Climate Challenges

Climate Challenges

  • Climate Challenges UN Climate Summit
  • Climate Challenges UN Climate Summit
  • Climate Challenges UN Climate Summit

Climate Challenges

Climate Challenges

Climate change is already impacting ecosystems, economies, and the communities in which we live.
We can still prevent the most negative impacts — but we must change course.
ClimateWorks subscribes to the international goal of holding the increase in global average temperature this century to well below 2°C above pre-industrial levels while pursuing efforts to limit the temperature increase to 1.5°C. While considered a “safe” range, we can expect significant disruptions, such as melting of ice sheets, rising sea levels, more acidic oceans, and more frequent extreme weather events. These shocks affect water supply and food production, unsettle communities, and harm economic activity. The poorest communities are often the most vulnerable. The following table illustrates some of the impacts of rising global average temperatures.

A stable climate sustains healthy ecosystems, economies, and societies.

The stability of the climate we all depend on is at risk. Human activities such as energy generation and transportation (think smokestacks and tailpipes) emit carbon dioxide and other greenhouse gases that are heating the planet. The graph below shows global annual average temperatures since 1880, and carbon dioxide concentration — largely the result of human activity — during the same period.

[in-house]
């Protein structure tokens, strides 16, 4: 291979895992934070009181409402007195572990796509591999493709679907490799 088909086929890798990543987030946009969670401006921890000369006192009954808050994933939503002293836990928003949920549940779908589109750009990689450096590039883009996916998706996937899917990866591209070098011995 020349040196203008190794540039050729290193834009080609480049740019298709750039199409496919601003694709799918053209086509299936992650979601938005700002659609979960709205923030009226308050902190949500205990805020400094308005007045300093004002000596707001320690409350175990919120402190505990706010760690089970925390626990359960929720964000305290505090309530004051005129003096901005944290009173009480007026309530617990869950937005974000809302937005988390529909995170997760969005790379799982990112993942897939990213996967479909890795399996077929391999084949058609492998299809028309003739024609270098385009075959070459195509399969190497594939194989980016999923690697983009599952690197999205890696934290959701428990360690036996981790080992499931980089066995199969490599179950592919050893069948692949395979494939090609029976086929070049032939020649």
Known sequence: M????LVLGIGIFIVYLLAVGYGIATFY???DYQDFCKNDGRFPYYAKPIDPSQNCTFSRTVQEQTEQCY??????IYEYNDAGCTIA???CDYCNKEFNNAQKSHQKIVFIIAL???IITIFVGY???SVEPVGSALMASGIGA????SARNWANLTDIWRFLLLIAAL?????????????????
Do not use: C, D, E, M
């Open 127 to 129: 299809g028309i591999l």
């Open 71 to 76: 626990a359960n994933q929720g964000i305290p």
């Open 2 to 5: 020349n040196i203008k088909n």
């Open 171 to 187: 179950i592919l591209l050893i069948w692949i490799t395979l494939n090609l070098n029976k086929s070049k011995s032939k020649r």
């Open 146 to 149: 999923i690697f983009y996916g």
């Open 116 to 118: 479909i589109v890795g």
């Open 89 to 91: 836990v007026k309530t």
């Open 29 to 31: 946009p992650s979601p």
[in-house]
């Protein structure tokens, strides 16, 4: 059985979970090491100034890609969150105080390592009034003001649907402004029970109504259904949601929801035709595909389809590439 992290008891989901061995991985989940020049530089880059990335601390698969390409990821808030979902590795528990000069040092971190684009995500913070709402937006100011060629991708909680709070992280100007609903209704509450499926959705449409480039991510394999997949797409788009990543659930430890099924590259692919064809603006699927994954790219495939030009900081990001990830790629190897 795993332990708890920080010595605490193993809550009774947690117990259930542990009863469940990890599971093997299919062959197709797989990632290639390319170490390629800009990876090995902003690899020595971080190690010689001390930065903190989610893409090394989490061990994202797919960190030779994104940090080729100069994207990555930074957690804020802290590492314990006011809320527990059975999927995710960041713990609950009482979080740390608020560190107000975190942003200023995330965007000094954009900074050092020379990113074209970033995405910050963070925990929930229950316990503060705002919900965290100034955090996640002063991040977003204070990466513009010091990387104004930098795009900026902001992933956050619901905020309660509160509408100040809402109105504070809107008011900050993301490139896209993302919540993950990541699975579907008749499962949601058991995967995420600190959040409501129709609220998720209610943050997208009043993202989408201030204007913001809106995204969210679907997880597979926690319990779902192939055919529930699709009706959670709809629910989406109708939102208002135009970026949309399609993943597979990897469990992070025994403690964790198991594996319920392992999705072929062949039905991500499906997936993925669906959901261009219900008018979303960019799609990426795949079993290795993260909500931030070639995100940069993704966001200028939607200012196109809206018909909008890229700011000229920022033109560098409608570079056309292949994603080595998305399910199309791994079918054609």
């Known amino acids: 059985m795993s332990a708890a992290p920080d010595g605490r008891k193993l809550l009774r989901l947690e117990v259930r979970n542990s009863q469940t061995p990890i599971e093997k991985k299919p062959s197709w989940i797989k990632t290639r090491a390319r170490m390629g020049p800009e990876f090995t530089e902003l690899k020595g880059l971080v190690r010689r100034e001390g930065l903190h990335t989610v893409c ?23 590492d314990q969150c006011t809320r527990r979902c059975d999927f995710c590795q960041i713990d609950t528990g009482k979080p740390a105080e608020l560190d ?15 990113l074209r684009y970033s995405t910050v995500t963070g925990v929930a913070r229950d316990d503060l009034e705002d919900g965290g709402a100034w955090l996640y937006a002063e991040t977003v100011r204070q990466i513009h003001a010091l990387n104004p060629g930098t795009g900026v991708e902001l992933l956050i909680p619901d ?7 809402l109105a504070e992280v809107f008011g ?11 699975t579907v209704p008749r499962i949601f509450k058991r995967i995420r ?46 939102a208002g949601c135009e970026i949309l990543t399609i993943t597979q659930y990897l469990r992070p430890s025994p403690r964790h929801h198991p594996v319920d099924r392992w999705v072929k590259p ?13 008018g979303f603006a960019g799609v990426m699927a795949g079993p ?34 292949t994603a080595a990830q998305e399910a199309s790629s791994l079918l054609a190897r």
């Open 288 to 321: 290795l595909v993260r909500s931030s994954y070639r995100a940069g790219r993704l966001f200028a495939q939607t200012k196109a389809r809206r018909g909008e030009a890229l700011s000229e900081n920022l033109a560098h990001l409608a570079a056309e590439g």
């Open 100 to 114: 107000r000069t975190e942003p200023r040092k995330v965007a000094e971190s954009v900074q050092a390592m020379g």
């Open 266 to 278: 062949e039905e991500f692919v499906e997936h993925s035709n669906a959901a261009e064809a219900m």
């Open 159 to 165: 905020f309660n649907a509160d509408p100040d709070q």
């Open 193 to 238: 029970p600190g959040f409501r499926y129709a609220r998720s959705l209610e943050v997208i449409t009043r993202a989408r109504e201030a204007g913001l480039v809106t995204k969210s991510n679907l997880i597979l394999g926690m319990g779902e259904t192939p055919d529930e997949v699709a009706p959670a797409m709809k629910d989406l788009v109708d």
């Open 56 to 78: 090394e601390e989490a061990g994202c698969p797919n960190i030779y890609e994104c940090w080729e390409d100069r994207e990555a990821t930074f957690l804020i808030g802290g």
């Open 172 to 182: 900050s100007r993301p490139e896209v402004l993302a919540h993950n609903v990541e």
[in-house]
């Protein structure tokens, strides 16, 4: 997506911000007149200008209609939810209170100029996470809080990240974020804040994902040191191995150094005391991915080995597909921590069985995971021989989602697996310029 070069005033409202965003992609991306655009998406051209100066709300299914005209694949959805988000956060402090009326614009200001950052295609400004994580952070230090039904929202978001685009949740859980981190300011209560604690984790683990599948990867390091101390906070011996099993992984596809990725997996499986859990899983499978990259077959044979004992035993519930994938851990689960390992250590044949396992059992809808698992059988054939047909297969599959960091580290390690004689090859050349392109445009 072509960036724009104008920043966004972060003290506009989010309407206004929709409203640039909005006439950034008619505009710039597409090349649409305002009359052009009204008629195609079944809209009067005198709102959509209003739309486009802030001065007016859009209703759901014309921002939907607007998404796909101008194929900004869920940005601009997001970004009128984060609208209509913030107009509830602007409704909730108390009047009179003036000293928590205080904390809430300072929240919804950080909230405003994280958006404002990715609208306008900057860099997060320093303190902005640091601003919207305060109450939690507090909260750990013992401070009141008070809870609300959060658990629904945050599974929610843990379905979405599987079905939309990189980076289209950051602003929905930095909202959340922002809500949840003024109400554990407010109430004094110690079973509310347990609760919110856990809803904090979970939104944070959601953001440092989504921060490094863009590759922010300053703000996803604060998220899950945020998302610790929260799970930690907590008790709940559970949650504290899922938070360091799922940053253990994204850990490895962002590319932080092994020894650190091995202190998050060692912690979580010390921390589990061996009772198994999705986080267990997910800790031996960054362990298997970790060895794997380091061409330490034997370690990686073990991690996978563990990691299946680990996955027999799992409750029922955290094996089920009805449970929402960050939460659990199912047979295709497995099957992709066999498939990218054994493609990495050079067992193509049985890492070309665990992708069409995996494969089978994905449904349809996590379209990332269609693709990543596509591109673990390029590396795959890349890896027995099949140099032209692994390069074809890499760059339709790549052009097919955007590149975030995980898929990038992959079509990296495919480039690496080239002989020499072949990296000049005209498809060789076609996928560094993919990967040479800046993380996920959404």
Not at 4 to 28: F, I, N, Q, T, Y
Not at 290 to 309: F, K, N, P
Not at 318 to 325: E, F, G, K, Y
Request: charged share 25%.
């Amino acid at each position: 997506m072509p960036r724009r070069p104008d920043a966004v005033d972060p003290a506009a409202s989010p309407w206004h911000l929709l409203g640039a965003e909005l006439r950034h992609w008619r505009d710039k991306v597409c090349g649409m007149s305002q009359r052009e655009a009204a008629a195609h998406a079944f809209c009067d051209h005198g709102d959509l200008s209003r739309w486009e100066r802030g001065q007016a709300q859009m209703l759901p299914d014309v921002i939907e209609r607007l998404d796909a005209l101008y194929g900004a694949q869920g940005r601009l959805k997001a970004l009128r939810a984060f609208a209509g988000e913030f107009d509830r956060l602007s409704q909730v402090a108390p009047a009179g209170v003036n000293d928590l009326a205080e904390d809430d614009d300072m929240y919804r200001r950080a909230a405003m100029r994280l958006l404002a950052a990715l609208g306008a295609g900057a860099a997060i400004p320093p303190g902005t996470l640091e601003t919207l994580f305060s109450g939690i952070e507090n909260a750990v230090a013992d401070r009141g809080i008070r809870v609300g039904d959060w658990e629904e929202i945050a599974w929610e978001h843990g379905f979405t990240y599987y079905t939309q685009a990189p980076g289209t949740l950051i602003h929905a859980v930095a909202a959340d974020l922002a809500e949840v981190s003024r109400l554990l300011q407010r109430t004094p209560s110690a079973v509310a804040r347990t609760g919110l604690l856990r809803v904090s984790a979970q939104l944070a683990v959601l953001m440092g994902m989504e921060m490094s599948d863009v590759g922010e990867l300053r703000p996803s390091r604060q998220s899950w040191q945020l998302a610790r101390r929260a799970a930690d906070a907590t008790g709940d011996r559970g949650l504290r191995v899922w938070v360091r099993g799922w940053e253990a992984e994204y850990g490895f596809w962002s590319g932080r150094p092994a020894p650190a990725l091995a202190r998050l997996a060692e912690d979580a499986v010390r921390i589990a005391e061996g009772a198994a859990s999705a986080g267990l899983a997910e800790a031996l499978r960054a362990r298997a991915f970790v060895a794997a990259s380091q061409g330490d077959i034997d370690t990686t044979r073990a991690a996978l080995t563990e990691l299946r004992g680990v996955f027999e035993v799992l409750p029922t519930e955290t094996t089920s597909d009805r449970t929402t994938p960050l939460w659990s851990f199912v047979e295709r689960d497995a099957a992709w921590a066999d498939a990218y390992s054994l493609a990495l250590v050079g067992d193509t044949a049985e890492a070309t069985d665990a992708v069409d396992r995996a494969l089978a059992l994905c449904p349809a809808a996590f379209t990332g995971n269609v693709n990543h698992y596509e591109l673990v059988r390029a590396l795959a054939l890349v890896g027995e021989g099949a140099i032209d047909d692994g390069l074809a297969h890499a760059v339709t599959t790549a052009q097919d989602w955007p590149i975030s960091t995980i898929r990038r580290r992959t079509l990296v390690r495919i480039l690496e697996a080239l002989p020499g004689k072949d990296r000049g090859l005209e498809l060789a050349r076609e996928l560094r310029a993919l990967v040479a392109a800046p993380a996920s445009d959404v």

Climate Works Foundation

Climate Challenges

Climate Challenges

What is climate change?

The planet’s climate has constantly been changing over geological time. The global average temperature today is about 15C, though geological evidence suggests it has been much higher and lower in the past.
However, the current period of warming is occurring more rapidly than many past events. Scientists are concerned that the natural fluctuation, or variability, is being overtaken by a rapid human-induced warming that has serious implications for the stability of the planet’s climate.
Source: BBC